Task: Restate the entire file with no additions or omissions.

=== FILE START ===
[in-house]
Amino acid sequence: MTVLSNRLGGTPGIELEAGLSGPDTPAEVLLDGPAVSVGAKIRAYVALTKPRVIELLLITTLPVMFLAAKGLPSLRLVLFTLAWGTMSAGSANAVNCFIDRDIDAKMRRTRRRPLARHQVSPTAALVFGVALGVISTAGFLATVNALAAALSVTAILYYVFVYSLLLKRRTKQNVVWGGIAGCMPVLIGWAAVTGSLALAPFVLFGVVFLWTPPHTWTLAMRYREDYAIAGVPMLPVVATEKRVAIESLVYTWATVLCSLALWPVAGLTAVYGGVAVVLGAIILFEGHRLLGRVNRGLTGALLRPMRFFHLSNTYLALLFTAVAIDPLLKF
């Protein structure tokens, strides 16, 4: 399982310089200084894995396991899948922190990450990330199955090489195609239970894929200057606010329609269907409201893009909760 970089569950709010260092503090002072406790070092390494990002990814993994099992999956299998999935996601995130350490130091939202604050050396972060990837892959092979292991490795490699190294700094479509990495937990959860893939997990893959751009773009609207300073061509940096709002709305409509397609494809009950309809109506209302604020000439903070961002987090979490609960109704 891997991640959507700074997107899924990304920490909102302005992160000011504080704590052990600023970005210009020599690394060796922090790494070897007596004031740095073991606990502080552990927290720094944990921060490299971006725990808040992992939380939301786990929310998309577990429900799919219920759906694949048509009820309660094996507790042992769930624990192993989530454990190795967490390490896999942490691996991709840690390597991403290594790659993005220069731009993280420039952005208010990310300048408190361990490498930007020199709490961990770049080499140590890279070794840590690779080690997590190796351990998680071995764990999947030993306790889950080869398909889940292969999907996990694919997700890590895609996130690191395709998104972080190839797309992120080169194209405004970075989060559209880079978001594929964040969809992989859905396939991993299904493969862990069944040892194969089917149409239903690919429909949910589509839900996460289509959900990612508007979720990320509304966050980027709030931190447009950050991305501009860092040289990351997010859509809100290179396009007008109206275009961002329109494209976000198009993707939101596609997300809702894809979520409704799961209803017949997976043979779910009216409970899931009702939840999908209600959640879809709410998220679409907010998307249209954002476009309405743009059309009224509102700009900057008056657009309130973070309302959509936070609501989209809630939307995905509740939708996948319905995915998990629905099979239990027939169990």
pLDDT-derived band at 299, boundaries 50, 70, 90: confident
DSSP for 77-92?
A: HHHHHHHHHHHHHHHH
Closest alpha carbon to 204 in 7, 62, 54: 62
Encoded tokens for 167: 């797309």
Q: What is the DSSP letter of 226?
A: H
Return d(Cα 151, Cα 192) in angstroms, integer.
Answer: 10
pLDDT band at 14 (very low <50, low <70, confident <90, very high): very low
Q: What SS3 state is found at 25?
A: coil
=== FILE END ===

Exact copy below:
[in-house]
Amino acid sequence: MTVLSNRLGGTPGIELEAGLSGPDTPAEVLLDGPAVSVGAKIRAYVALTKPRVIELLLITTLPVMFLAAKGLPSLRLVLFTLAWGTMSAGSANAVNCFIDRDIDAKMRRTRRRPLARHQVSPTAALVFGVALGVISTAGFLATVNALAAALSVTAILYYVFVYSLLLKRRTKQNVVWGGIAGCMPVLIGWAAVTGSLALAPFVLFGVVFLWTPPHTWTLAMRYREDYAIAGVPMLPVVATEKRVAIESLVYTWATVLCSLALWPVAGLTAVYGGVAVVLGAIILFEGHRLLGRVNRGLTGALLRPMRFFHLSNTYLALLFTAVAIDPLLKF
């Protein structure tokens, strides 16, 4: 399982310089200084894995396991899948922190990450990330199955090489195609239970894929200057606010329609269907409201893009909760 970089569950709010260092503090002072406790070092390494990002990814993994099992999956299998999935996601995130350490130091939202604050050396972060990837892959092979292991490795490699190294700094479509990495937990959860893939997990893959751009773009609207300073061509940096709002709305409509397609494809009950309809109506209302604020000439903070961002987090979490609960109704 891997991640959507700074997107899924990304920490909102302005992160000011504080704590052990600023970005210009020599690394060796922090790494070897007596004031740095073991606990502080552990927290720094944990921060490299971006725990808040992992939380939301786990929310998309577990429900799919219920759906694949048509009820309660094996507790042992769930624990192993989530454990190795967490390490896999942490691996991709840690390597991403290594790659993005220069731009993280420039952005208010990310300048408190361990490498930007020199709490961990770049080499140590890279070794840590690779080690997590190796351990998680071995764990999947030993306790889950080869398909889940292969999907996990694919997700890590895609996130690191395709998104972080190839797309992120080169194209405004970075989060559209880079978001594929964040969809992989859905396939991993299904493969862990069944040892194969089917149409239903690919429909949910589509839900996460289509959900990612508007979720990320509304966050980027709030931190447009950050991305501009860092040289990351997010859509809100290179396009007008109206275009961002329109494209976000198009993707939101596609997300809702894809979520409704799961209803017949997976043979779910009216409970899931009702939840999908209600959640879809709410998220679409907010998307249209954002476009309405743009059309009224509102700009900057008056657009309130973070309302959509936070609501989209809630939307995905509740939708996948319905995915998990629905099979239990027939169990």
pLDDT-derived band at 299, boundaries 50, 70, 90: confident
DSSP for 77-92?
A: HHHHHHHHHHHHHHHH
Closest alpha carbon to 204 in 7, 62, 54: 62
Encoded tokens for 167: 């797309």
Q: What is the DSSP letter of 226?
A: H
Return d(Cα 151, Cα 192) in angstroms, integer.
Answer: 10
pLDDT band at 14 (very low <50, low <70, confident <90, very high): very low
Q: What SS3 state is found at 25?
A: coil